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Transnational Perspectives And The Real Significance Of ‘Amotekun’s Emergence To Secure Yorubaland

The Oasis Reporters

January 13, 2020

AMOTEKUN: From left, Deputy Governor of Osun State, Mr Gboyega Alabi; Ogun Deputy, Mrs Noimot Salako-Oyedele; Ondo State Governor, Arakunrin Rotimi Akeredolu; Oyo Governor, Engr Seyi Makinde; Ekiti Governor, Dr Kayode Fayemi; Minister of Youth and Sport, Mr Sunday Dare and Oni of Ife, Oba Enietan Ogunwusi during the Official Launching of the AMOTEKUN ‘Zero Tolerance to Crime’ by western Nigeria Governors forum held at Governor’s Office Secretariat, Ibadan. PHOTO: Oyo State Govt.
By Olawale Rasheed

Something fundamental happened to the Nigerian federation last week. It was small but within it is a greater maximal political implication, especially for the much debated restructuring of the skewed federal structure. The South West region of Nigeria has consciously set the tone for national reforms in the security sub-sector. The emergence of Amotekun is a bold message and strategic positioning of the region in the envisaged future balancing of power within the federation.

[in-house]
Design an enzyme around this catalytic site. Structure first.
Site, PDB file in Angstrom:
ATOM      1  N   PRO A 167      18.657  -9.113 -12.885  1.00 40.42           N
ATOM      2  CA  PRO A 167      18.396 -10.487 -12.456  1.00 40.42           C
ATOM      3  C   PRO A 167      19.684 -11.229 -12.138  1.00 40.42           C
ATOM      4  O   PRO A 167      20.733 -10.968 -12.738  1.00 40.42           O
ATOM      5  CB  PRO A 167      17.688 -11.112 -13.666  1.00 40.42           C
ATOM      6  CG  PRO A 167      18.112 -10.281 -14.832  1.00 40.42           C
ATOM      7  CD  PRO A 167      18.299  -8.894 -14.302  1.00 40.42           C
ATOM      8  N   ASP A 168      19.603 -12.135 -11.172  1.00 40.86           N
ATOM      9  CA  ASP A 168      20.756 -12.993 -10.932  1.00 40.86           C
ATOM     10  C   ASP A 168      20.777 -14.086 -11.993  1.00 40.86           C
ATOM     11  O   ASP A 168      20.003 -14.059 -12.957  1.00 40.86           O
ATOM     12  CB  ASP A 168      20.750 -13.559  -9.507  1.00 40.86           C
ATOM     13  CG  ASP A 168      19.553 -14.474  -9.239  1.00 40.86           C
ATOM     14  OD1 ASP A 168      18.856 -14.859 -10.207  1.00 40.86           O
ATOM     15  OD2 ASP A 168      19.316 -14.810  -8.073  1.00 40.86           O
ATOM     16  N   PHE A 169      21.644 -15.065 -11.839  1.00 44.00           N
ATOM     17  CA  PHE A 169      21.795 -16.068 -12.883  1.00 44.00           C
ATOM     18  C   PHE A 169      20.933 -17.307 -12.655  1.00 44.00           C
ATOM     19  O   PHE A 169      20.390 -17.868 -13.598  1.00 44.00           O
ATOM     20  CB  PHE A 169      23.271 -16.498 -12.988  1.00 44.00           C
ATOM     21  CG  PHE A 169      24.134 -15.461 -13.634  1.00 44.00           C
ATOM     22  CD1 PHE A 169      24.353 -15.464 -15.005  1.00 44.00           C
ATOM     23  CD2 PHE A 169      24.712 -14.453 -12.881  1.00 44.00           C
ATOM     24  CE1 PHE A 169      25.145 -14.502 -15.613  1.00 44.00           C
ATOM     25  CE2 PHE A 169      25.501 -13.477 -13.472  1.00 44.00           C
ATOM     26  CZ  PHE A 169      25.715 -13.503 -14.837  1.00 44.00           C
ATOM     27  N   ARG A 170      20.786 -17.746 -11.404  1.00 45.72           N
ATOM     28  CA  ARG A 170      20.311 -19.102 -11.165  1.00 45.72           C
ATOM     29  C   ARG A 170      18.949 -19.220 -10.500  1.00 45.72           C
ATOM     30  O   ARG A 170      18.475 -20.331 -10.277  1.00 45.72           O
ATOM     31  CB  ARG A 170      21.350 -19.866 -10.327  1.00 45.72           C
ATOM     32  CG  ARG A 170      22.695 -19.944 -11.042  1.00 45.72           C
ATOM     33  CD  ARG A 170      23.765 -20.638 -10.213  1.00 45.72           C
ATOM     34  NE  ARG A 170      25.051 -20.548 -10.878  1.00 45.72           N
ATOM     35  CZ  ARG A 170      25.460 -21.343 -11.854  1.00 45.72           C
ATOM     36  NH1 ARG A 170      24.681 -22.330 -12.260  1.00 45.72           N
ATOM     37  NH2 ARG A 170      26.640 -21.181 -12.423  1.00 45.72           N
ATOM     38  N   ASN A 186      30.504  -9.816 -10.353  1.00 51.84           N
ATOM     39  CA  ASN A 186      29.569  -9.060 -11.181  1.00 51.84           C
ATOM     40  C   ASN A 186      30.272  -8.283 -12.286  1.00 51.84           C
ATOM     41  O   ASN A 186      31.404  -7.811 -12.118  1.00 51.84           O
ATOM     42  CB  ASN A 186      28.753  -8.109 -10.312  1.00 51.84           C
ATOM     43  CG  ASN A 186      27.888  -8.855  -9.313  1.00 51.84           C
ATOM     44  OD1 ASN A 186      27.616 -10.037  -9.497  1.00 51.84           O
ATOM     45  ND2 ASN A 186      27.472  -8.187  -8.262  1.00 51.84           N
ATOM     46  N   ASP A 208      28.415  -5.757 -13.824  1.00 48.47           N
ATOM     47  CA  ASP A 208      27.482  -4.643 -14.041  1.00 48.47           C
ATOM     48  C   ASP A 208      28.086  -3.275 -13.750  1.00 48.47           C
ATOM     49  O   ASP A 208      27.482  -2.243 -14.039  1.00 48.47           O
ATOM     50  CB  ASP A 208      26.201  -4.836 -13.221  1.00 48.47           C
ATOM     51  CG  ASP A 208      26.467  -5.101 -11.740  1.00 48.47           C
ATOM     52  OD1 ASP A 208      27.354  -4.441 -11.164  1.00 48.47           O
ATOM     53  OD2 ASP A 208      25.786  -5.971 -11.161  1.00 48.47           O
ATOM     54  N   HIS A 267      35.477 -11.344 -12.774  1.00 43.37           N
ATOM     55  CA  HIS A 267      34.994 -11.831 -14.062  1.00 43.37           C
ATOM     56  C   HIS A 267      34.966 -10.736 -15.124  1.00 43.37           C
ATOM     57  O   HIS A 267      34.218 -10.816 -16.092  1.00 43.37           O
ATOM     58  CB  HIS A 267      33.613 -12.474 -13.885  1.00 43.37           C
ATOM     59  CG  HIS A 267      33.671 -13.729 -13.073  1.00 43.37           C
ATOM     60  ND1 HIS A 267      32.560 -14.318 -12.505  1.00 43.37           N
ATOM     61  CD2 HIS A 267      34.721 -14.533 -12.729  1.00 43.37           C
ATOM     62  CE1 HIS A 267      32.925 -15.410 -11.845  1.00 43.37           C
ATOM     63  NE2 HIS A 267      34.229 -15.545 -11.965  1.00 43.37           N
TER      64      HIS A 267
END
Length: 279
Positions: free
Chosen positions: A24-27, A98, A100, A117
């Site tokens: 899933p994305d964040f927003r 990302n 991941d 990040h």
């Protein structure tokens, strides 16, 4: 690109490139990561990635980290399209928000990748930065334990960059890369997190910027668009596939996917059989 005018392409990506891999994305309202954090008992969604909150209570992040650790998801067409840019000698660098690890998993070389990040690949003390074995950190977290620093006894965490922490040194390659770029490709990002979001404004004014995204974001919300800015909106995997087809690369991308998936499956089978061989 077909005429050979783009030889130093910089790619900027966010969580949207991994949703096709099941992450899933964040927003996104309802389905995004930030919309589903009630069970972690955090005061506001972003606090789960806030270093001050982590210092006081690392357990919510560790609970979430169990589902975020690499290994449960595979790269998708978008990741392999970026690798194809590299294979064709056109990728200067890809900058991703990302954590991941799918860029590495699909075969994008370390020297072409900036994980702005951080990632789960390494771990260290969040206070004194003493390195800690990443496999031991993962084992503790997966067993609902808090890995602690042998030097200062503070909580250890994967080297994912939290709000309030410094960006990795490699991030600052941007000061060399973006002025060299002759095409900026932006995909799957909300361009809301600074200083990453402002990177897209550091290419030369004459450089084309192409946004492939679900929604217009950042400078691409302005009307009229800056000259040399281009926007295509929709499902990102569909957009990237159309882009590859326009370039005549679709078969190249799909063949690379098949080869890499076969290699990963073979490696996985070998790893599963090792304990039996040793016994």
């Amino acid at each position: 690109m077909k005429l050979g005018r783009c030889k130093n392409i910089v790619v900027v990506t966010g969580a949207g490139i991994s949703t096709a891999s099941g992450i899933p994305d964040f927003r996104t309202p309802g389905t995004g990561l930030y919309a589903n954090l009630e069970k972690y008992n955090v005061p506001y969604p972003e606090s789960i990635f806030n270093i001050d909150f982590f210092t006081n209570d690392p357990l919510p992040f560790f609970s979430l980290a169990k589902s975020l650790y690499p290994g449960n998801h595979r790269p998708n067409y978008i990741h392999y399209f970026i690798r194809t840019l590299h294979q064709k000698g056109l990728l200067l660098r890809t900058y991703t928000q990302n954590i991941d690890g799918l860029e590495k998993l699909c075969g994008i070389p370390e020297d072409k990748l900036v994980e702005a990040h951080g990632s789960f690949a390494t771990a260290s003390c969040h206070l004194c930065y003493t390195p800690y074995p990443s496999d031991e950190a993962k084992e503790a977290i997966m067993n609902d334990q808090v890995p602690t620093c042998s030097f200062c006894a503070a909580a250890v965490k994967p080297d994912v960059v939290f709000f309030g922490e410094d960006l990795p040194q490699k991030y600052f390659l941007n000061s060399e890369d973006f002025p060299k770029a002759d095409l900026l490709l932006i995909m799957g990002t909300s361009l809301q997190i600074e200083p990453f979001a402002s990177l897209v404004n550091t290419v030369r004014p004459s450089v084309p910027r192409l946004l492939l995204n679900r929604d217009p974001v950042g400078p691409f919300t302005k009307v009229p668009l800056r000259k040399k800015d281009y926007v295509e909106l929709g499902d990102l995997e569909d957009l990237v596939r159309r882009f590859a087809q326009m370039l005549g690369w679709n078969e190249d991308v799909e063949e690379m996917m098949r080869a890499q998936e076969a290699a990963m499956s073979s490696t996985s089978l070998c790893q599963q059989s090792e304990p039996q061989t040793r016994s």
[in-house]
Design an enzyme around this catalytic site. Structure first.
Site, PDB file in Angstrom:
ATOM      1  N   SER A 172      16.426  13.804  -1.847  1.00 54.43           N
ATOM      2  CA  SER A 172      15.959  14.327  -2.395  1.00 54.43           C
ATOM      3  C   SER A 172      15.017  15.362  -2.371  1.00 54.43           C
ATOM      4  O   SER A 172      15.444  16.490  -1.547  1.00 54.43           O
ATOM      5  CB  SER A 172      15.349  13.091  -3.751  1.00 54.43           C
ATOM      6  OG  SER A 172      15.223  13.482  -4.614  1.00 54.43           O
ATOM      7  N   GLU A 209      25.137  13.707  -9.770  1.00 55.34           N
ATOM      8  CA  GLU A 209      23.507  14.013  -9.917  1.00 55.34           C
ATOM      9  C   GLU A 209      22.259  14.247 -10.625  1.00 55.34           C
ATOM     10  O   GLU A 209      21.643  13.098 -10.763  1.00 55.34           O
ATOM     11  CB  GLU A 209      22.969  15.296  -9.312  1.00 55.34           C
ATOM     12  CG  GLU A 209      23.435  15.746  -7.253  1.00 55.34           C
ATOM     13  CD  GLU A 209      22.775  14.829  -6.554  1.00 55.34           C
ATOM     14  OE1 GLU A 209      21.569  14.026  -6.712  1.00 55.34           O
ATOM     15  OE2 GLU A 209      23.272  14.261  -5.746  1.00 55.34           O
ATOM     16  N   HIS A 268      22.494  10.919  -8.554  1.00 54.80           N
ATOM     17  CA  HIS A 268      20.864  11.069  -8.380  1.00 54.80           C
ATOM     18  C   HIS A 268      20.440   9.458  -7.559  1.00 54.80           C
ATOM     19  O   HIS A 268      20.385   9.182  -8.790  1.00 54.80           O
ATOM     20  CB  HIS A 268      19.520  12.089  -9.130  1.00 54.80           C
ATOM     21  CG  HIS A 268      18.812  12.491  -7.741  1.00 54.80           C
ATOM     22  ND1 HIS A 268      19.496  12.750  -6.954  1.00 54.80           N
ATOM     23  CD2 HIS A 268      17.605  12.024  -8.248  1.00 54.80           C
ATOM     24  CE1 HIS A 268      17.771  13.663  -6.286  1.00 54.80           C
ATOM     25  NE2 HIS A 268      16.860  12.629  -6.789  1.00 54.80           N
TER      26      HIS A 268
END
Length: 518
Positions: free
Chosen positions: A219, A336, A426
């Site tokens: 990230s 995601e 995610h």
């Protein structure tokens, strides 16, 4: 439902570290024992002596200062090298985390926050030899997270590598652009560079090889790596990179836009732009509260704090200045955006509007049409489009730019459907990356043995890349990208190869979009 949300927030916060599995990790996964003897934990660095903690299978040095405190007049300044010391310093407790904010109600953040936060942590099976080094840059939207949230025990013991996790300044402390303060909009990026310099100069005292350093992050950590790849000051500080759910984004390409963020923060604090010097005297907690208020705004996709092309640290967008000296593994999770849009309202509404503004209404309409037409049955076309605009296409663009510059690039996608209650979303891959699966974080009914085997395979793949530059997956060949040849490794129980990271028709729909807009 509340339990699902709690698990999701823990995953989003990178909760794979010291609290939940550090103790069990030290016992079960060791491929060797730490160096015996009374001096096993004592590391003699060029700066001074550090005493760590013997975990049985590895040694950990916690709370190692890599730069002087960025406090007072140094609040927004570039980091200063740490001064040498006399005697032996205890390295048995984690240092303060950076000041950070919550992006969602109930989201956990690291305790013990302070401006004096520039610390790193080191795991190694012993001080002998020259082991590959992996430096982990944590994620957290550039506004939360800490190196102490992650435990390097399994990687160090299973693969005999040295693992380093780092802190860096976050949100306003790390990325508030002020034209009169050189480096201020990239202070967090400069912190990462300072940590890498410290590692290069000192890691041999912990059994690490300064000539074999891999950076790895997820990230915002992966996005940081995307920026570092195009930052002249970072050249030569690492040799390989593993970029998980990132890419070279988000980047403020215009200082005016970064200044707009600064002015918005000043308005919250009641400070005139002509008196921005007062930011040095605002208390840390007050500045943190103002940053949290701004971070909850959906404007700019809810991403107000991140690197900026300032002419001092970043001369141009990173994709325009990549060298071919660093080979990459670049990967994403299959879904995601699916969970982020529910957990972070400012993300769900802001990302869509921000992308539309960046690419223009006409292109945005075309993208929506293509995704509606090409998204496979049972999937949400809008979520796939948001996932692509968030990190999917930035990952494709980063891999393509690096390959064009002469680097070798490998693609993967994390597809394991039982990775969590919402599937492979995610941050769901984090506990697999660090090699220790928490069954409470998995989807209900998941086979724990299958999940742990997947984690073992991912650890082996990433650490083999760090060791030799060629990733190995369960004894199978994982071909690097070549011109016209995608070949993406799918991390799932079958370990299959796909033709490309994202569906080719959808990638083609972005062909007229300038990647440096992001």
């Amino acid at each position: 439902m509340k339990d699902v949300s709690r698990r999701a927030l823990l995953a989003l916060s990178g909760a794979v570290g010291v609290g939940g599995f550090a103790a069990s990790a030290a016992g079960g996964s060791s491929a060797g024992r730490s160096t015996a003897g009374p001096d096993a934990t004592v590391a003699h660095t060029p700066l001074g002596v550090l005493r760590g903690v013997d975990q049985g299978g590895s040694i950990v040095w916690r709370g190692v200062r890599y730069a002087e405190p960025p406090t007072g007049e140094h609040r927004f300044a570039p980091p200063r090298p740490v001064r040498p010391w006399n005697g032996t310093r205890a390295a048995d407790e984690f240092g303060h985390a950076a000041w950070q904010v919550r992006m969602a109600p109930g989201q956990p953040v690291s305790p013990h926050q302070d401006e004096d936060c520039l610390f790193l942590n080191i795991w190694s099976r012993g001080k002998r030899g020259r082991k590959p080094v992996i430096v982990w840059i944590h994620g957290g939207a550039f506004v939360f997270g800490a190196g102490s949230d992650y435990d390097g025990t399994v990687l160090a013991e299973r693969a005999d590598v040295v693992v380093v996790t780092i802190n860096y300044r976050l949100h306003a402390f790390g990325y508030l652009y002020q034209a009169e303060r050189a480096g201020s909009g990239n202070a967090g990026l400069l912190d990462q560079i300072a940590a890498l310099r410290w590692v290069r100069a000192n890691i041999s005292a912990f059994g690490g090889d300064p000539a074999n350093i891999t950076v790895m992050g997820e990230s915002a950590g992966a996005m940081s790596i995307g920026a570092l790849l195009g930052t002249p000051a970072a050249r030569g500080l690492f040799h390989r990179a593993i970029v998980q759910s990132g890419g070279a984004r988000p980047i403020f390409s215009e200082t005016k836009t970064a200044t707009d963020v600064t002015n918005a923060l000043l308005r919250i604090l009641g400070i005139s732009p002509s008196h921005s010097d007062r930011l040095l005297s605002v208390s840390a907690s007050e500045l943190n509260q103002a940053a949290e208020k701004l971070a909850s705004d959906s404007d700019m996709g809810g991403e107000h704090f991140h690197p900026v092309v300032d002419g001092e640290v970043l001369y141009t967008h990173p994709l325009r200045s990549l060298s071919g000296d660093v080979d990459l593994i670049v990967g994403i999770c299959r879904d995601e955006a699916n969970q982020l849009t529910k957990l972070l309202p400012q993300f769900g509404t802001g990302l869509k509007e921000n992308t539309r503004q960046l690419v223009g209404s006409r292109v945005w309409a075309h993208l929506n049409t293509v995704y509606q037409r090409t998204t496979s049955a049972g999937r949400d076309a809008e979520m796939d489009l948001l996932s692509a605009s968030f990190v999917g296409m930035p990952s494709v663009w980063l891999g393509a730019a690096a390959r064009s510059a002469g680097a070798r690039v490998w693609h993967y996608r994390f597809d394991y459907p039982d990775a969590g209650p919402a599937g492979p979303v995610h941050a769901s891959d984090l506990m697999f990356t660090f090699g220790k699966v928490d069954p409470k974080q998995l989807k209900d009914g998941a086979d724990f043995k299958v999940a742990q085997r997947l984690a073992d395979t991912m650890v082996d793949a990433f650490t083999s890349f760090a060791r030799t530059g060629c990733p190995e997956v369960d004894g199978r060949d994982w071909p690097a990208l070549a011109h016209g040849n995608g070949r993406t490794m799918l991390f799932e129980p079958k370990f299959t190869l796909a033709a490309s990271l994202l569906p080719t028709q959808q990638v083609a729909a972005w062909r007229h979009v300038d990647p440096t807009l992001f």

What is significant is the structure itself, and not the mobilisation or the available ammunition. Of the six zones, Yorubaland is the first to create a skeletal outfit with the capacity and capabilities to be awakened and deployed in the service of the motherland. Political leaders in the region may have been guided by considerations and developments beyond Nigeria. I bet there is a transnational perspective to Amotekun’s emergence.

Contrary to what most analysts identified,the threat to the Yoruba nation is multinational rather than solely national in outlook.In fact, the national threat most Yoruba are quick to a finger is itself under brutal siege of highly equipped and trained transnational bandits. Deep review of developments across the North East and North West region confirm that the source of the threat Yorubaland is afraid of are themselves under a brutal onslaught from forces beyond their control. Most northerners, including those in government, are themselves seeking protection, and security from deepening low scale insurgency that seems to be defying all solutions. The mess has degraded state Chief executives who had to openly romance and appease bandits, cattle rustlers, invidious jihadists and criminal insurgents.